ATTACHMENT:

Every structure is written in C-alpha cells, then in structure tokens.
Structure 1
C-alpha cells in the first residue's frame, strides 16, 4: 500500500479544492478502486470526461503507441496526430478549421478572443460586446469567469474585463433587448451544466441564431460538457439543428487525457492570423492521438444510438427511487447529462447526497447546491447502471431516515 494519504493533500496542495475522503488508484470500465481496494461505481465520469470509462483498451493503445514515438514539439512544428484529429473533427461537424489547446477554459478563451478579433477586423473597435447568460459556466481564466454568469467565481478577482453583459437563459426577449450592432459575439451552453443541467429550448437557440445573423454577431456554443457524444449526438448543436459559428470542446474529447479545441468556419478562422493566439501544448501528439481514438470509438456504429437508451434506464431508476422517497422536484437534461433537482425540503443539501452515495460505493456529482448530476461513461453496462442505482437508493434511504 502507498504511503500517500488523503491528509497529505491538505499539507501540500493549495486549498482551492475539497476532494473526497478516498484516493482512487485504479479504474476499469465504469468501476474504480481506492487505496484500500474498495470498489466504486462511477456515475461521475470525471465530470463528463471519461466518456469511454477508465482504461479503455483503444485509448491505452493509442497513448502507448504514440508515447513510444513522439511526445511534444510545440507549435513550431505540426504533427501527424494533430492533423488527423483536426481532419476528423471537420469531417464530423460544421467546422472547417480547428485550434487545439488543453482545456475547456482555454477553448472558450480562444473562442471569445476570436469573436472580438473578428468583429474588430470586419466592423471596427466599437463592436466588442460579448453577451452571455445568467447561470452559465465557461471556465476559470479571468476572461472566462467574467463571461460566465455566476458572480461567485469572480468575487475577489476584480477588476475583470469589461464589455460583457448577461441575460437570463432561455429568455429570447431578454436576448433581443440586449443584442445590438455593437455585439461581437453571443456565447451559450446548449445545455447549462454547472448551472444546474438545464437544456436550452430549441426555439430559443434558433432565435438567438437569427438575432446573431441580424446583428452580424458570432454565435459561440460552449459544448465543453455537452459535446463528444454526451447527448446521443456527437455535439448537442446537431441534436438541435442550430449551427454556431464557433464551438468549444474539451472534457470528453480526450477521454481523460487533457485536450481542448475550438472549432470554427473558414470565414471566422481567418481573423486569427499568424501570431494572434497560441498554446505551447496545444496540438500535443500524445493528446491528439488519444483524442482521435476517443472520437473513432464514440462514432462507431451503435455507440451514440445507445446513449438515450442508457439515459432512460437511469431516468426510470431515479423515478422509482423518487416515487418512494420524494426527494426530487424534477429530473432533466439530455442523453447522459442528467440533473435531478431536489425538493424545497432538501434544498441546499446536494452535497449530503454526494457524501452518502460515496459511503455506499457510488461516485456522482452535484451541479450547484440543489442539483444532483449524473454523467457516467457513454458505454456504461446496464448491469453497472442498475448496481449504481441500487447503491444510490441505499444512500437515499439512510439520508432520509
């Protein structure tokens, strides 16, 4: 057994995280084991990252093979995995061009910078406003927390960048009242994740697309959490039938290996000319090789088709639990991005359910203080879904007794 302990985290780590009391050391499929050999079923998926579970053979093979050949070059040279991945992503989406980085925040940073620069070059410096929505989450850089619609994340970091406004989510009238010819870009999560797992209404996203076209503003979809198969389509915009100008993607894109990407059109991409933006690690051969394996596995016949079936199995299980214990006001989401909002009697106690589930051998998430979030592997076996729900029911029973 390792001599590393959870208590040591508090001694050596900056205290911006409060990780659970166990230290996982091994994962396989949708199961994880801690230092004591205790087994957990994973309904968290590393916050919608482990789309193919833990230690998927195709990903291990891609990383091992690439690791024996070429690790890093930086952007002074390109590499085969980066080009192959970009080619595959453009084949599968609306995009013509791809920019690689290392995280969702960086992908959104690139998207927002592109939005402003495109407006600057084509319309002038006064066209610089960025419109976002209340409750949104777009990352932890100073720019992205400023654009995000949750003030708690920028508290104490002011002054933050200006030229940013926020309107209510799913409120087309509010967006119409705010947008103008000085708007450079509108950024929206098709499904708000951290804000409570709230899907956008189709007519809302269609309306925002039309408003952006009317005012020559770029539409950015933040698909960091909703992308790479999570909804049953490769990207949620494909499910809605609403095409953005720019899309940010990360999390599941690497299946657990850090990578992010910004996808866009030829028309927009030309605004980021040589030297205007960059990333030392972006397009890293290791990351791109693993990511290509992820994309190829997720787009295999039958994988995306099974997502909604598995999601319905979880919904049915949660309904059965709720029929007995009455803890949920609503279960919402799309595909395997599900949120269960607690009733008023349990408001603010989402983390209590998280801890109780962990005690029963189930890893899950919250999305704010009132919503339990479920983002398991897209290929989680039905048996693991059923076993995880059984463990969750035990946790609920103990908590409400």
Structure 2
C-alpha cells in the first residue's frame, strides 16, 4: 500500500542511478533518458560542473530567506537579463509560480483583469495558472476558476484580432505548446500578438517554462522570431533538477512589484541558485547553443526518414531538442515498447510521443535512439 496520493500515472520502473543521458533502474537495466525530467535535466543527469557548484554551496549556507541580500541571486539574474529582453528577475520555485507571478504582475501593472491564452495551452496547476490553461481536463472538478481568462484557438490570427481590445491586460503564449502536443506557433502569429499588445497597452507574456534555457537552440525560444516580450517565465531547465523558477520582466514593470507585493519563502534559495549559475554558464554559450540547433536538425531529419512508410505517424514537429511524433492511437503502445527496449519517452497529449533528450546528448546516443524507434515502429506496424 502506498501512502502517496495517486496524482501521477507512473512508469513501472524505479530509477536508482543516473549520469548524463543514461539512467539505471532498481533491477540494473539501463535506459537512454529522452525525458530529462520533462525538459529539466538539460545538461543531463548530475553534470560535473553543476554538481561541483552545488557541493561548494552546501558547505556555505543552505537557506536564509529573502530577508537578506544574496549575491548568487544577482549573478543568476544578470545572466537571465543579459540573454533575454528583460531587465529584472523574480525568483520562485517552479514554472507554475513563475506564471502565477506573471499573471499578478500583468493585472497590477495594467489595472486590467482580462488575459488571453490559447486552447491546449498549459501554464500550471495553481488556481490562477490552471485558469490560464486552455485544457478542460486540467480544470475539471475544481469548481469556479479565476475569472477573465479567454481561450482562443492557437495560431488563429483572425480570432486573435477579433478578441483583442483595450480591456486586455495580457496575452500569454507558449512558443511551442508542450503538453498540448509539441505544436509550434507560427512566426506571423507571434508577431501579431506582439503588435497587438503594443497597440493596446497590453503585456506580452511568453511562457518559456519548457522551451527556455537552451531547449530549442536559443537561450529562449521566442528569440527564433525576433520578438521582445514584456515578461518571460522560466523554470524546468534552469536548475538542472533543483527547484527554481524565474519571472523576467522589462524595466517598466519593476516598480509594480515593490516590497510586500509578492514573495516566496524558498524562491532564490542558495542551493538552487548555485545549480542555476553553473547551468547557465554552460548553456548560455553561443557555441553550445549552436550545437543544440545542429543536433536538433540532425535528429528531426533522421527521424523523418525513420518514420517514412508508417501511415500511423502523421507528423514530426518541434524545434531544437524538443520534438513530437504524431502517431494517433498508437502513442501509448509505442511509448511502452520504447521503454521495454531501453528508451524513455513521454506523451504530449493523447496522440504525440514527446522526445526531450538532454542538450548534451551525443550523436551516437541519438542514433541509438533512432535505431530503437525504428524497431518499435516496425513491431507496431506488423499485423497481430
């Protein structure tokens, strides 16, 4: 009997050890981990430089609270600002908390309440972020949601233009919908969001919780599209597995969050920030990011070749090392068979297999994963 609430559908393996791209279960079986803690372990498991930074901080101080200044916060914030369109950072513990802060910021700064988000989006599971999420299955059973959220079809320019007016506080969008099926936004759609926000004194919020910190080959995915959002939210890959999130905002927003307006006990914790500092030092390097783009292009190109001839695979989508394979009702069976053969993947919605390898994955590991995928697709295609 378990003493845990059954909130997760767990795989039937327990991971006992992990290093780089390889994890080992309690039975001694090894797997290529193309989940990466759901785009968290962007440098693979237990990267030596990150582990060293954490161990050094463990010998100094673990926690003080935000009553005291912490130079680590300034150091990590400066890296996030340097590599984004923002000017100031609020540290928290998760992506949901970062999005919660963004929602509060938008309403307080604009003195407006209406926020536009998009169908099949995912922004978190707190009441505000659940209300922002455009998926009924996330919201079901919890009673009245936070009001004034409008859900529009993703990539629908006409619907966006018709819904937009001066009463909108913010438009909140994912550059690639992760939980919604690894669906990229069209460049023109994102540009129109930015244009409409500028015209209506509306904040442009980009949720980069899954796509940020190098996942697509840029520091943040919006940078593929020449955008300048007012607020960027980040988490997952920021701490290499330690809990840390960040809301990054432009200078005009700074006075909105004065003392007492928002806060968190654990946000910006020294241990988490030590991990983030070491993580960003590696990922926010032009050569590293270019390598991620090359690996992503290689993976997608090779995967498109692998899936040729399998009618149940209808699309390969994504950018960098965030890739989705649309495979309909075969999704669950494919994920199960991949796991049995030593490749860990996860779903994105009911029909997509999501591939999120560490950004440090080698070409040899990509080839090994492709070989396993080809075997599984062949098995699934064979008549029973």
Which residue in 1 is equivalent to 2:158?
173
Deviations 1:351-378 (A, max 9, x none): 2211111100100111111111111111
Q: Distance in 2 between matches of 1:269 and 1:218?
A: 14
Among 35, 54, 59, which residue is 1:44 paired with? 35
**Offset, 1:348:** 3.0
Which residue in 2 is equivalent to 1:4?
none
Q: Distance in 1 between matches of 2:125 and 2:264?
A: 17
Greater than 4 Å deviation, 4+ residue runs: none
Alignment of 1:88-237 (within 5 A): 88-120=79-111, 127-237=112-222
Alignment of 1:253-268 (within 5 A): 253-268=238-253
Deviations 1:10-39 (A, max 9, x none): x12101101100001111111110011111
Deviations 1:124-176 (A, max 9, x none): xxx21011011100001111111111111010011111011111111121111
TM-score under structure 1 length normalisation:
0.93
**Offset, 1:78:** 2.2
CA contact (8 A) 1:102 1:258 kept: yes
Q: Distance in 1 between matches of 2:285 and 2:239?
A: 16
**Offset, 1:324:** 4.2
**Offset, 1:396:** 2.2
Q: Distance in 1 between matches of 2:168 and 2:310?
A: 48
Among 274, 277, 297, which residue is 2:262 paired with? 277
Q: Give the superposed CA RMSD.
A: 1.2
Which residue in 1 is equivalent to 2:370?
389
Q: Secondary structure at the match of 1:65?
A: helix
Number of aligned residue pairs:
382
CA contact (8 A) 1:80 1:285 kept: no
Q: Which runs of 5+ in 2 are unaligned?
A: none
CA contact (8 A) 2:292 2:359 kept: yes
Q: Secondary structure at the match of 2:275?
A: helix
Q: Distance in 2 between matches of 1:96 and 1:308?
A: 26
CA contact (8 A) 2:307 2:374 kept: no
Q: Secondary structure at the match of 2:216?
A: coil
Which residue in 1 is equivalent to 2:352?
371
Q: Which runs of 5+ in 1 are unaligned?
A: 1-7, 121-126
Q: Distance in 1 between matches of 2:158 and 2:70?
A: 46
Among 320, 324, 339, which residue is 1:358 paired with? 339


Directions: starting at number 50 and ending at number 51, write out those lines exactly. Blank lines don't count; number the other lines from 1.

A: 26
CA contact (8 A) 2:307 2:374 kept: no